Geraldine Fitzgerald acts out in the best Joan Crawford tradition, alternately seductive and plain-damn crazy as she lies, schemes, and ultimately cuts off her unwilling spouse from everyone but her. Faced with a life in ruins, Alan Napier gets a gun and heads for her apartment, where the three principals have gathered to cheat their fates.

   And that ain’t the half of it.

   Jean Negulesco directs all this with real style, imparting a sense of movement with his camera, even when nothing much is going on, and hiding the cheap sets with tricky camera angles. The headline players are at the top of their form, but what I loved here was the well-written and perfectly-played bit parts, which I attribute to co-writer Howard Koch.

   Yeah, the story is Huston’s but when I look at the wealth of memorable supporting parts in Koch’s oeuvre — Casablanca, Sergeant York, and The 13th Letter, to name a few — I gotta give him credit for enriching the whole thing: from the clerks in Sydney’s law offices to the kindly cop who pinches Lorre, everyone acts like he’s the star and this is his movie. Negulesco lavishes time and close-ups on them, and the actors themselves, perhaps realizing they won’t get many chances like this, come through beautifully. The result is a film rich in detail and richly ironic.

PERSONAL NOTE:   Oddly enough, I have a statue of Kwan Yin around here somewhere, but I’ve never thought to pray to it or even make a wish. And even if I did, I don’t know any strangers.

   “I don’t know any strangers.” Let me think about that one for a minute.

LURED. United Artists, 1947. George Sanders, Lucille Ball, Charles Coburn, Boris Karloff, Sir Cedric Hardwicke, Joseph Calleia, Alan Mowbray, George Zucco, Robert Coote, Alan Napier, Tanis Chandler.
   Screenplay by Leo Rosten, based on Robert Siodmak’s 1939 French film Pieges (titled Personal Column in the United States). Screenplay of the earlier film by Jacques Companéez and Ernst Neubach. Director: Douglas Sirk.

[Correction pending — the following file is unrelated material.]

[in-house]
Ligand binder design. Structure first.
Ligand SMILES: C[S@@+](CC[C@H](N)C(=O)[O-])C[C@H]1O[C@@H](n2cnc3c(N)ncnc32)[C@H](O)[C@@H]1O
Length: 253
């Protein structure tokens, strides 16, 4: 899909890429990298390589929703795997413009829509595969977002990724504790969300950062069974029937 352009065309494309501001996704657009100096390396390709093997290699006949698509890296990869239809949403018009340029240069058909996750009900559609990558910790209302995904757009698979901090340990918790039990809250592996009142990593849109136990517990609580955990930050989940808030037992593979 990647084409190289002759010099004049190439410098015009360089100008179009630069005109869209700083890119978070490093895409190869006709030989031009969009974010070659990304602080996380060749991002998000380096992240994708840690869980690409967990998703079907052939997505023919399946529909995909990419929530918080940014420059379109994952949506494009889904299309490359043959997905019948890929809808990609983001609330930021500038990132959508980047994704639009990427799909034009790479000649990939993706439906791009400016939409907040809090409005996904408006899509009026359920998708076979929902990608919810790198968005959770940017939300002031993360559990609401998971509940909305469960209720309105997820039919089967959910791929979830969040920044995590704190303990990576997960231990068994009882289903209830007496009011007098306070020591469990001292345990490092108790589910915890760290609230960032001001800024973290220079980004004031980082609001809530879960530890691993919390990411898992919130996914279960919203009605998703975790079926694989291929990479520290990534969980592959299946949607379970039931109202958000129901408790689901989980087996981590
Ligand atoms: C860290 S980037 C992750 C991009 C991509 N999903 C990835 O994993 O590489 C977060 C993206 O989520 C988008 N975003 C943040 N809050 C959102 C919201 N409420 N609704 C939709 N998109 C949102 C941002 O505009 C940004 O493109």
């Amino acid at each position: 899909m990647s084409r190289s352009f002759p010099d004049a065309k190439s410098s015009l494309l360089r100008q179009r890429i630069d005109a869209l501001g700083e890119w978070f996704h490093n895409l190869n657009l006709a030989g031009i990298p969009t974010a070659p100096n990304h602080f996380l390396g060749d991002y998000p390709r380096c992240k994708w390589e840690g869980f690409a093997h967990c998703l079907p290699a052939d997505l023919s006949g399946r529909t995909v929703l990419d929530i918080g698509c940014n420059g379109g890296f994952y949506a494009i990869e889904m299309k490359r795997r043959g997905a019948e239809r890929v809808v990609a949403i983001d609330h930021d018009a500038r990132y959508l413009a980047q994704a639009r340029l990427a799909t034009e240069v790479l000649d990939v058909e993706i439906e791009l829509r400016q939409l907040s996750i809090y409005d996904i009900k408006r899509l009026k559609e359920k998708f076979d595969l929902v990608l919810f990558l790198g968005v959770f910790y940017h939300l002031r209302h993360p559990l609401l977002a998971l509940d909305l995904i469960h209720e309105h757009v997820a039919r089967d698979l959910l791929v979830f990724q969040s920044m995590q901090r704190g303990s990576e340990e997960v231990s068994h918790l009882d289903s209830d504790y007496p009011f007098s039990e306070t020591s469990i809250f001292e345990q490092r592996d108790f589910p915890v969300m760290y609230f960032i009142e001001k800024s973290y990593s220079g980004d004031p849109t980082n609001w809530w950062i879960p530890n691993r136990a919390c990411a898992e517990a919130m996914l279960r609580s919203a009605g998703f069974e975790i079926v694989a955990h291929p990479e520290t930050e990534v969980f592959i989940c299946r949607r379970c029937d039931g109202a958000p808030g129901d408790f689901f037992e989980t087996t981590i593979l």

The title is appropriate. I was lured into watching this film under false pretenses. From the title and what I knew about the story line it was my general impression that this was a film noir movie. Ah, very much not so. I began to suspect something was wrong when I saw the director’s credit. I tried to reassure myself by saying that while I don’t know much about his career, the extravigant Hollywood melodramas Douglas Sirk is best known for didn’t come along until the 1950s.

   True enough that Lured is a black-and-white crime film centered on a serial killer responsible for the disappearances and deaths of a number of young women in London, each preceded by a poem sent to Scotland Yard based on the work of Charles Baudelaire. Lucille Ball is an American chorus girl stranded in England. Working at would be called a “dime a dance” hall in the US, one of her co-workers and a close friend goes missing.

   So far, so good. This is the part of the movie in which the noirish aspects are the greatest, and in 1947 Lucille Ball had the perfect face for films noir. (To my mind, however, she didn’t have the earthiness of an Audrey Totter, Marie Windsor or Gloria Grahame, but she was quite a beauty, no doubt about it.)

   But in any case, off she goes to Scotland Yard, where a totally miscast Charles Coburn as a very non-British inspector persuades her to work for him and act as bait to catch the killer. Besides being a very questionable proposition on the face of it, he hands her a gun for her to protect herself if need be.

   It didn’t make any sense to me, then or now as I’m typing this. Worse though, is the change of direction the story takes soon after, as Ball’s character meets and definitely attracts the attention of a nightclub owner played by George Sanders.

   And all of a suden the story turns into a sappy romance between two would-be lovers who have no chemistry together. Opinions may vary on this, but I can only report on what I saw.